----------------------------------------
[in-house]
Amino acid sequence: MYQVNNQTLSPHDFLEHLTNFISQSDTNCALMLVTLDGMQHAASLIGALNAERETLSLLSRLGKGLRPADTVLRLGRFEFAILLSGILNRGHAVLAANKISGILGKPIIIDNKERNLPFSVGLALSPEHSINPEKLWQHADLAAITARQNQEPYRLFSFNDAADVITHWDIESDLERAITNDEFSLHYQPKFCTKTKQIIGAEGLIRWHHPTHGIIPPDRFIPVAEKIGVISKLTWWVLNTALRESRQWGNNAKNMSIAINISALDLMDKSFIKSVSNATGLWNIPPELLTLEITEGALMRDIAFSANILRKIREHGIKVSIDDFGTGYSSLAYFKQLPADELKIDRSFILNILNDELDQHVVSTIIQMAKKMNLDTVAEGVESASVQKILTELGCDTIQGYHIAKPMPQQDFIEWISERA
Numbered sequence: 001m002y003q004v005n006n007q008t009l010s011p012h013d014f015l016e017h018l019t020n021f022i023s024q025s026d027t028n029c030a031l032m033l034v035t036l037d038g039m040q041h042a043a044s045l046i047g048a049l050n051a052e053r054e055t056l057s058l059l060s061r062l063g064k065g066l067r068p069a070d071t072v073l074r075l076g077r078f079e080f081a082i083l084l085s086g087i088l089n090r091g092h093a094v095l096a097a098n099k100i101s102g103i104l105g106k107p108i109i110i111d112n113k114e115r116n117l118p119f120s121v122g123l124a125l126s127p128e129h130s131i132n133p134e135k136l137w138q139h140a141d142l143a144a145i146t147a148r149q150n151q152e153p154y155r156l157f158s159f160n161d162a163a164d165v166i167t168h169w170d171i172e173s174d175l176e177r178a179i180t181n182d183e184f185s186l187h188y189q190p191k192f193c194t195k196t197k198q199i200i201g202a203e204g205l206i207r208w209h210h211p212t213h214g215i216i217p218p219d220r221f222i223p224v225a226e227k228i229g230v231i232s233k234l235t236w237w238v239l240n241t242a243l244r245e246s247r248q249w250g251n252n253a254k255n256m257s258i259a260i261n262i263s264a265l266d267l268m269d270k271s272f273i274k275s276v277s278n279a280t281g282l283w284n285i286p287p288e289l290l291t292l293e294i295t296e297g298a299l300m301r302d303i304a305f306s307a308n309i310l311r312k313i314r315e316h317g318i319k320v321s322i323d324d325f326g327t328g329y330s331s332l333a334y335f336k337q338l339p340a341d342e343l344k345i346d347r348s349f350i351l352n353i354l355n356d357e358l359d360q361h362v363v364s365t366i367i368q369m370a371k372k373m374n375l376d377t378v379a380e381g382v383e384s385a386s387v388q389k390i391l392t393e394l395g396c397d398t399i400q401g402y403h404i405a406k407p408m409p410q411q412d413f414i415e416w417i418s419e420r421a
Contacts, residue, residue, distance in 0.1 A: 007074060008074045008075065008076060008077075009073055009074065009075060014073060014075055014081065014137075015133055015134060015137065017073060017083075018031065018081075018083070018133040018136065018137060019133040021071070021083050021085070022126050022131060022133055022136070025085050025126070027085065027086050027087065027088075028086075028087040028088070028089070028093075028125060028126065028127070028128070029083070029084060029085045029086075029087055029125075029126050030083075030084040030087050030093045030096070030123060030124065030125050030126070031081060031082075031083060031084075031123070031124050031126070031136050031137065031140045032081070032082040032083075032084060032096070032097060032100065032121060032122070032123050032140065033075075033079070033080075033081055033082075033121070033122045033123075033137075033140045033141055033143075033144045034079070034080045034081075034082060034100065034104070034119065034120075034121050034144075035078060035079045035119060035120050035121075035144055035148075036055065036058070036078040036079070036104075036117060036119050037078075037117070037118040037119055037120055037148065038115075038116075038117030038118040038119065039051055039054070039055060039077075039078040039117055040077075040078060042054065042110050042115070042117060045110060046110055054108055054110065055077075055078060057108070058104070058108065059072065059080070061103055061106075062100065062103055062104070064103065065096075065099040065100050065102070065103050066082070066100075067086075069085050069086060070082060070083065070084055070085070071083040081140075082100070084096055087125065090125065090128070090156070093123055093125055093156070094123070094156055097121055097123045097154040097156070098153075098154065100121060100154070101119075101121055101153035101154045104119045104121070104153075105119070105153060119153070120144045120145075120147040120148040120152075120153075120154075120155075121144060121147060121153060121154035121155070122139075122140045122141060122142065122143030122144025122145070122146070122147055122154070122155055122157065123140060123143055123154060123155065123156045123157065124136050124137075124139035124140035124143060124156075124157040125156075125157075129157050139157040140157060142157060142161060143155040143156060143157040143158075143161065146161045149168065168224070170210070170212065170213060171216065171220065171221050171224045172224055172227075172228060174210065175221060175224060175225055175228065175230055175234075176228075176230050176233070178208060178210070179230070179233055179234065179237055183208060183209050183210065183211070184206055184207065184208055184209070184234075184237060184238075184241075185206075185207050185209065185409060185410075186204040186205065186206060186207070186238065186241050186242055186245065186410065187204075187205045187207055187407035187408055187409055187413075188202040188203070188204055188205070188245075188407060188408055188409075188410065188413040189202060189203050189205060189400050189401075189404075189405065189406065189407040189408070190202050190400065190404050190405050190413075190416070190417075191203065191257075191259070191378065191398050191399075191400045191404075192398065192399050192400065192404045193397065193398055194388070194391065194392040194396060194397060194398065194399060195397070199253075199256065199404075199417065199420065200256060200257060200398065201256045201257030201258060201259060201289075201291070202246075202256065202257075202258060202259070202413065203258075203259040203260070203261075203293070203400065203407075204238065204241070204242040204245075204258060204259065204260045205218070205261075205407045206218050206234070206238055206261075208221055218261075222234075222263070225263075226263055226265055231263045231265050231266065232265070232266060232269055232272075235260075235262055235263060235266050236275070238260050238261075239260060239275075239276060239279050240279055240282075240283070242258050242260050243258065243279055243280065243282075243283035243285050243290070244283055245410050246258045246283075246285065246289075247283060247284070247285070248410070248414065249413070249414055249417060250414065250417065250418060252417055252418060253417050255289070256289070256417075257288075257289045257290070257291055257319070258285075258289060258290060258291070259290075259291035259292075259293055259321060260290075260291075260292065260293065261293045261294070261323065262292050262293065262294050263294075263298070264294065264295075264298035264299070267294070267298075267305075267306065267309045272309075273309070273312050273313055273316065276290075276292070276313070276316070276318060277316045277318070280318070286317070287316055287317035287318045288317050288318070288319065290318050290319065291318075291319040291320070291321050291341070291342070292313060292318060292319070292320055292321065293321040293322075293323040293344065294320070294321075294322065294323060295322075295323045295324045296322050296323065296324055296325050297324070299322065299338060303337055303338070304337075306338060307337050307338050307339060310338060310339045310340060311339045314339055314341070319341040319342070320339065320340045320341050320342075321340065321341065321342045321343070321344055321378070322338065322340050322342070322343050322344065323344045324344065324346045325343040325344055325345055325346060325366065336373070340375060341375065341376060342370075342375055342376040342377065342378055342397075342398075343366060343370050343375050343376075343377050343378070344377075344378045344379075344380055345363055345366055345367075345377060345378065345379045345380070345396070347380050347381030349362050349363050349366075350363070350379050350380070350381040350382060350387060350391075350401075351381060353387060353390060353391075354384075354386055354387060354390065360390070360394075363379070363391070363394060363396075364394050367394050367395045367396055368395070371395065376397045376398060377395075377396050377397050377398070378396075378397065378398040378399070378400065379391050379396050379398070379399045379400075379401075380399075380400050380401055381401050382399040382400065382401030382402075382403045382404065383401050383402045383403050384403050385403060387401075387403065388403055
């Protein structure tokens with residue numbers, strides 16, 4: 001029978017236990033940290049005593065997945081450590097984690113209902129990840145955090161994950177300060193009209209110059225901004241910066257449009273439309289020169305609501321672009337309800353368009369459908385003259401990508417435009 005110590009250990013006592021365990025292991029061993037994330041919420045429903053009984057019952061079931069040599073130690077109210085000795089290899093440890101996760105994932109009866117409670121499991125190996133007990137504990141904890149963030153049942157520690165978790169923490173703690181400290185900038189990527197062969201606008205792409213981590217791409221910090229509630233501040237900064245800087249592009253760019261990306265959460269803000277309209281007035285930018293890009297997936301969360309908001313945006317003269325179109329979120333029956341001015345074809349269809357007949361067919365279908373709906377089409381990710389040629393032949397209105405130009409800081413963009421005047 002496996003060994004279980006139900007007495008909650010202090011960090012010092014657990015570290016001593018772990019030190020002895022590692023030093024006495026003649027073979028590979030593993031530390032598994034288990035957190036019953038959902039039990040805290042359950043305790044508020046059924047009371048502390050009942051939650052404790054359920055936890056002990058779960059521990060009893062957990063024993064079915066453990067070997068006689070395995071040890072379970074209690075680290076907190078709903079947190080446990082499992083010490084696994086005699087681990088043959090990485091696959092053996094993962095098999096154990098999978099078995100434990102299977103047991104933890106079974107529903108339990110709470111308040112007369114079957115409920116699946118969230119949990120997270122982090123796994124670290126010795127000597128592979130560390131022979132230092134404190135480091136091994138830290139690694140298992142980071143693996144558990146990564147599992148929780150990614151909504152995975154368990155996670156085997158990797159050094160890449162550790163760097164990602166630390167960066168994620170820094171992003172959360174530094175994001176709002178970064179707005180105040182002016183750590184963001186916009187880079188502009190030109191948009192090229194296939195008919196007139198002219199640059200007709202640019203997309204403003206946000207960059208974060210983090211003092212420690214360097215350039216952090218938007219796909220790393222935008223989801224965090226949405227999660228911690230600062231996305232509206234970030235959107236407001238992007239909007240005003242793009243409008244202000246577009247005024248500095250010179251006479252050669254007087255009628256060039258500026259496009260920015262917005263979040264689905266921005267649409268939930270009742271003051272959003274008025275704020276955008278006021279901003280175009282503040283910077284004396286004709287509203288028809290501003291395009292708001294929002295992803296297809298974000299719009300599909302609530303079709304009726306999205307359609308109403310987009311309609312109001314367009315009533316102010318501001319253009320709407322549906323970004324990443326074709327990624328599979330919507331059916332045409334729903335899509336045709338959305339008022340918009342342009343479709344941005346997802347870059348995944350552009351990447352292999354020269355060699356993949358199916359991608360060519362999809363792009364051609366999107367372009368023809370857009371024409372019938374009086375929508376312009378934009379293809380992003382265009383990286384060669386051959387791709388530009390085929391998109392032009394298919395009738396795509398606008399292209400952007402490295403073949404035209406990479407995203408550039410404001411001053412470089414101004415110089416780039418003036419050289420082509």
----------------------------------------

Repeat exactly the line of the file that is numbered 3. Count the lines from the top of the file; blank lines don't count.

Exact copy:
Numbered sequence: 001m002y003q004v005n006n007q008t009l010s011p012h013d014f015l016e017h018l019t020n021f022i023s024q025s026d027t028n029c030a031l032m033l034v035t036l037d038g039m040q041h042a043a044s045l046i047g048a049l050n051a052e053r054e055t056l057s058l059l060s061r062l063g064k065g066l067r068p069a070d071t072v073l074r075l076g077r078f079e080f081a082i083l084l085s086g087i088l089n090r091g092h093a094v095l096a097a098n099k100i101s102g103i104l105g106k107p108i109i110i111d112n113k114e115r116n117l118p119f120s121v122g123l124a125l126s127p128e129h130s131i132n133p134e135k136l137w138q139h140a141d142l143a144a145i146t147a148r149q150n151q152e153p154y155r156l157f158s159f160n161d162a163a164d165v166i167t168h169w170d171i172e173s174d175l176e177r178a179i180t181n182d183e184f185s186l187h188y189q190p191k192f193c194t195k196t197k198q199i200i201g202a203e204g205l206i207r208w209h210h211p212t213h214g215i216i217p218p219d220r221f222i223p224v225a226e227k228i229g230v231i232s233k234l235t236w237w238v239l240n241t242a243l244r245e246s247r248q249w250g251n252n253a254k255n256m257s258i259a260i261n262i263s264a265l266d267l268m269d270k271s272f273i274k275s276v277s278n279a280t281g282l283w284n285i286p287p288e289l290l291t292l293e294i295t296e297g298a299l300m301r302d303i304a305f306s307a308n309i310l311r312k313i314r315e316h317g318i319k320v321s322i323d324d325f326g327t328g329y330s331s332l333a334y335f336k337q338l339p340a341d342e343l344k345i346d347r348s349f350i351l352n353i354l355n356d357e358l359d360q361h362v363v364s365t366i367i368q369m370a371k372k373m374n375l376d377t378v379a380e381g382v383e384s385a386s387v388q389k390i391l392t393e394l395g396c397d398t399i400q401g402y403h404i405a406k407p408m409p410q411q412d413f414i415e416w417i418s419e420r421a